LOS ANGELES (Reuters) – The skateboarding community, rocked by several prominent deaths related to mental health issues, is hoping the benefits that go with the sport’s inclusion in this year’s Tokyo Olympics will help its athletes tackle the underlying problems.Professional skateboarder Tony Hawk rides his during the outbreak of the coronavirus disease (COVID-19) in Vista, California, U.S., May 8, 2020. Picture taken May 8, 2020. REUTERS/Mike Blake
Briton Ben Raemers died by suicide in 2019, skateboarding pioneer Jeff Grosso passed away after a drug overdose in 2020, and 22-year-old Henry Gartland took his own life last month, highlighting the urgent need to address issues like depression and addiction.
“Skateboarding is a very tight-knit community,” said USA Skateboarding CEO Josh Friedberg.
“Everyone has these links to each other and that makes losses like these tougher to deal with because there’s so many personal connections.
“The good news is that it’s causing people to think more deeply about mental health in skateboarding – trying to figure out new ways to support the people that they love and care about.”
Friedberg said one key development is that the athletes now have access to the United States Olympic and Paralympic Committee (USOPC) mental health services for the first time.
“We’ve been really lucky to have the support of the USOPC in this situation,” he said.
“They have been proactive in providing mental health resource for our team and staff.”
Tony Hawk, one of the world’s most famous skateboarders, said that while there has been progress in combating the stigma associated with mental health, more work needs to be done.
“I’d like to say it’s more open now, but there have been times when I’ve heard of someone struggling or even pass away and it’s very hush-hush as to what happened.
“As much as I respect the privacy of families, I think it’s a disservice to not bring that to light so people understand that hey, everyone is struggling.”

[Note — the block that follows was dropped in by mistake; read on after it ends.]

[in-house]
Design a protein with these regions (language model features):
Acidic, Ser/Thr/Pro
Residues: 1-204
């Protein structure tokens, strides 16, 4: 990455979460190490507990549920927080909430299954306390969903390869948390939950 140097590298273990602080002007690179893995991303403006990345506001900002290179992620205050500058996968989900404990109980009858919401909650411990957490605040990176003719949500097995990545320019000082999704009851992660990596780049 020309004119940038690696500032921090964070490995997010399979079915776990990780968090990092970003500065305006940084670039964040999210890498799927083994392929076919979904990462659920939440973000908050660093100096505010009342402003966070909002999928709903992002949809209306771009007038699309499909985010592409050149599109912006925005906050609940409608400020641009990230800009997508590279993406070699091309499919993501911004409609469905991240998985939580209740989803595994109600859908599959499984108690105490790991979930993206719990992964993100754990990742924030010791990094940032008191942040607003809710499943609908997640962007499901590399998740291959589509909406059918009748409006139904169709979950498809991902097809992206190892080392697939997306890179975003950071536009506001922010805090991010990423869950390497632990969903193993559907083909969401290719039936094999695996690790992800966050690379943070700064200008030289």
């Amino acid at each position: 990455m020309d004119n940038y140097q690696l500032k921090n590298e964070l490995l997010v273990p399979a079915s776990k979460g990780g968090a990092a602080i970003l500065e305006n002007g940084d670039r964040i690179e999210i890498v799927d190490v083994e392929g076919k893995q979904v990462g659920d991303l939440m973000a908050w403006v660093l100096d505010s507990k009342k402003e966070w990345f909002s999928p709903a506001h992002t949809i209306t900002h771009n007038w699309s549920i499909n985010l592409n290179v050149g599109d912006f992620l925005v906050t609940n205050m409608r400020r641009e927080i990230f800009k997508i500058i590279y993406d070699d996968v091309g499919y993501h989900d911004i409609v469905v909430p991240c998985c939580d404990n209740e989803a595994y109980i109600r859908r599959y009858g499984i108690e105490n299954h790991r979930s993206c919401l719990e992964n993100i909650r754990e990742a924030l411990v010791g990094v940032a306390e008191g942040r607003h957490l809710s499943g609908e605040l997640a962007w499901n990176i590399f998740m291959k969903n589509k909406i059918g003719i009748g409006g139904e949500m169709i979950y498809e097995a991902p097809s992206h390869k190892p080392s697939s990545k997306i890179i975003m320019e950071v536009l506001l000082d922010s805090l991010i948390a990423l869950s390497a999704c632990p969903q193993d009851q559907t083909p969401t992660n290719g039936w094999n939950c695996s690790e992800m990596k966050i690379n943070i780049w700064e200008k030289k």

Veteran skateboarder Brandon Turner has made it his mission to use his own battles with substance abuse to help those who find themselves on the same destructive path.Slideshow ( 2 images )
Turner, a prodigy who rose to fame during the sport’s era of excess in the 1990s, nearly lost his life several times due to drinking-related incidents that included leaping from a bridge and being hit by a car.
“It was fun 24/7, which is unmanageable for anyone,” he recalls of the sport’s early days.
Now 39, Turner devotes his time to supporting skaters who want to get sober through his work with San Diego rehab center Healthy Life Recovery. He has also experienced a career renaissance.
“I’m trying to let people know that there is hope,” he said.
He said perceptions around mental health are evolving.
“Things are getting better because when I was growing up, if I was talking about my feelings, I would have been put in a headlock.
“People are starting to empathize now and getting more awareness, which is awesome.”
Hawk said skateboarding, which has seen a surge in the sale of boards amid coronavirus pandemic-induced lockdowns and which will reach a massive new audience after it is showcased on the Olympic stage, has a bright future.
“I feel like there’s hope on the horizon,” he said.
“Skateboarding is more popular than ever, I’m thankful for that. Let’s just get on the other side of all of this.”
Reporting by Rory Carroll in Los Angeles; Editing by Frank Pingue and Ed Osmond
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